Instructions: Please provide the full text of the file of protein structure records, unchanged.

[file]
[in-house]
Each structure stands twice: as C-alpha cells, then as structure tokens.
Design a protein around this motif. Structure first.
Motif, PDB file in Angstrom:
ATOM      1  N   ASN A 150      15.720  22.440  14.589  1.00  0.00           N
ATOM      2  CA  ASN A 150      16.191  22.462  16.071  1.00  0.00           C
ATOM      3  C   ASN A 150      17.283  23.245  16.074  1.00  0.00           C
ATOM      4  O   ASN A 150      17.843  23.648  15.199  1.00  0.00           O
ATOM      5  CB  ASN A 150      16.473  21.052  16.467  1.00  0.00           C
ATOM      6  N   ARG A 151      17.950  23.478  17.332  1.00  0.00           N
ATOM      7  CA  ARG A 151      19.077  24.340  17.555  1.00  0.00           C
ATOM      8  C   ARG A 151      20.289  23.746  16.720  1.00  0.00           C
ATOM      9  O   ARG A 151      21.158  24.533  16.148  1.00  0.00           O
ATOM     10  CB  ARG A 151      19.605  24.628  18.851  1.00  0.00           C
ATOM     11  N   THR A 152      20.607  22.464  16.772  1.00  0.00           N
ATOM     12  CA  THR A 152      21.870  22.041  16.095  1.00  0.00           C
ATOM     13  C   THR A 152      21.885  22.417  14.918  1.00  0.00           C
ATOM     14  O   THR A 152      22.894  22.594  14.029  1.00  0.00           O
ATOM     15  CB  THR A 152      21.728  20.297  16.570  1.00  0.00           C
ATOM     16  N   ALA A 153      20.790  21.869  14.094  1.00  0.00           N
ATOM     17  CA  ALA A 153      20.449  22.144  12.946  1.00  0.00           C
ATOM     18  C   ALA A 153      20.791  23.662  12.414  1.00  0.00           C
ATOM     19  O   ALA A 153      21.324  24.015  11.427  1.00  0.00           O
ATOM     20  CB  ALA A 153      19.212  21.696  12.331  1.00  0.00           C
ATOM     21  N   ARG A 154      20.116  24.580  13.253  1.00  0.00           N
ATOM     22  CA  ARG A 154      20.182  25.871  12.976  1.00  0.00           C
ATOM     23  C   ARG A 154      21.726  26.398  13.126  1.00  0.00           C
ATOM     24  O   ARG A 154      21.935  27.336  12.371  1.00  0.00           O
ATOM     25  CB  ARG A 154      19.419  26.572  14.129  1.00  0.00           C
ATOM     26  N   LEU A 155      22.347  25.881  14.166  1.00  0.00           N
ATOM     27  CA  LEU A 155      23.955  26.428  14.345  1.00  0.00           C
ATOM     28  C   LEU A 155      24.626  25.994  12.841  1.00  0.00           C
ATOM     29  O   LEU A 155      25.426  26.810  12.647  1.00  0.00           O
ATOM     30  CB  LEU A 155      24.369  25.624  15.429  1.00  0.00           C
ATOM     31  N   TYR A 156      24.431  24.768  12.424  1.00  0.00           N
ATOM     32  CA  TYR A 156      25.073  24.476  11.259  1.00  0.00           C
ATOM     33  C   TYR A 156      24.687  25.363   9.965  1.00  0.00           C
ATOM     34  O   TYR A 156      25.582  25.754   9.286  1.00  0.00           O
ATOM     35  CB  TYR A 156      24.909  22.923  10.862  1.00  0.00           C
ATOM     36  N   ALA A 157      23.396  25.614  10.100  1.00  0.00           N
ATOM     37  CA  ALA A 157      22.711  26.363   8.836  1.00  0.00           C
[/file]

[in-house]
Each structure stands twice: as C-alpha cells, then as structure tokens.
Design a protein around this motif. Structure first.
Motif, PDB file in Angstrom:
ATOM      1  N   ASN A 150      15.720  22.440  14.589  1.00  0.00           N
ATOM      2  CA  ASN A 150      16.191  22.462  16.071  1.00  0.00           C
ATOM      3  C   ASN A 150      17.283  23.245  16.074  1.00  0.00           C
ATOM      4  O   ASN A 150      17.843  23.648  15.199  1.00  0.00           O
ATOM      5  CB  ASN A 150      16.473  21.052  16.467  1.00  0.00           C
ATOM      6  N   ARG A 151      17.950  23.478  17.332  1.00  0.00           N
ATOM      7  CA  ARG A 151      19.077  24.340  17.555  1.00  0.00           C
ATOM      8  C   ARG A 151      20.289  23.746  16.720  1.00  0.00           C
ATOM      9  O   ARG A 151      21.158  24.533  16.148  1.00  0.00           O
ATOM     10  CB  ARG A 151      19.605  24.628  18.851  1.00  0.00           C
ATOM     11  N   THR A 152      20.607  22.464  16.772  1.00  0.00           N
ATOM     12  CA  THR A 152      21.870  22.041  16.095  1.00  0.00           C
ATOM     13  C   THR A 152      21.885  22.417  14.918  1.00  0.00           C
ATOM     14  O   THR A 152      22.894  22.594  14.029  1.00  0.00           O
ATOM     15  CB  THR A 152      21.728  20.297  16.570  1.00  0.00           C
ATOM     16  N   ALA A 153      20.790  21.869  14.094  1.00  0.00           N
ATOM     17  CA  ALA A 153      20.449  22.144  12.946  1.00  0.00           C
ATOM     18  C   ALA A 153      20.791  23.662  12.414  1.00  0.00           C
ATOM     19  O   ALA A 153      21.324  24.015  11.427  1.00  0.00           O
ATOM     20  CB  ALA A 153      19.212  21.696  12.331  1.00  0.00           C
ATOM     21  N   ARG A 154      20.116  24.580  13.253  1.00  0.00           N
ATOM     22  CA  ARG A 154      20.182  25.871  12.976  1.00  0.00           C
ATOM     23  C   ARG A 154      21.726  26.398  13.126  1.00  0.00           C
ATOM     24  O   ARG A 154      21.935  27.336  12.371  1.00  0.00           O
ATOM     25  CB  ARG A 154      19.419  26.572  14.129  1.00  0.00           C
ATOM     26  N   LEU A 155      22.347  25.881  14.166  1.00  0.00           N
ATOM     27  CA  LEU A 155      23.955  26.428  14.345  1.00  0.00           C
ATOM     28  C   LEU A 155      24.626  25.994  12.841  1.00  0.00           C
ATOM     29  O   LEU A 155      25.426  26.810  12.647  1.00  0.00           O
ATOM     30  CB  LEU A 155      24.369  25.624  15.429  1.00  0.00           C
ATOM     31  N   TYR A 156      24.431  24.768  12.424  1.00  0.00           N
ATOM     32  CA  TYR A 156      25.073  24.476  11.259  1.00  0.00           C
ATOM     33  C   TYR A 156      24.687  25.363   9.965  1.00  0.00           C
ATOM     34  O   TYR A 156      25.582  25.754   9.286  1.00  0.00           O
ATOM     35  CB  TYR A 156      24.909  22.923  10.862  1.00  0.00           C
ATOM     36  N   ALA A 157      23.396  25.614  10.100  1.00  0.00           N
ATOM     37  CA  ALA A 157      22.711  26.363   8.836  1.00  0.00           C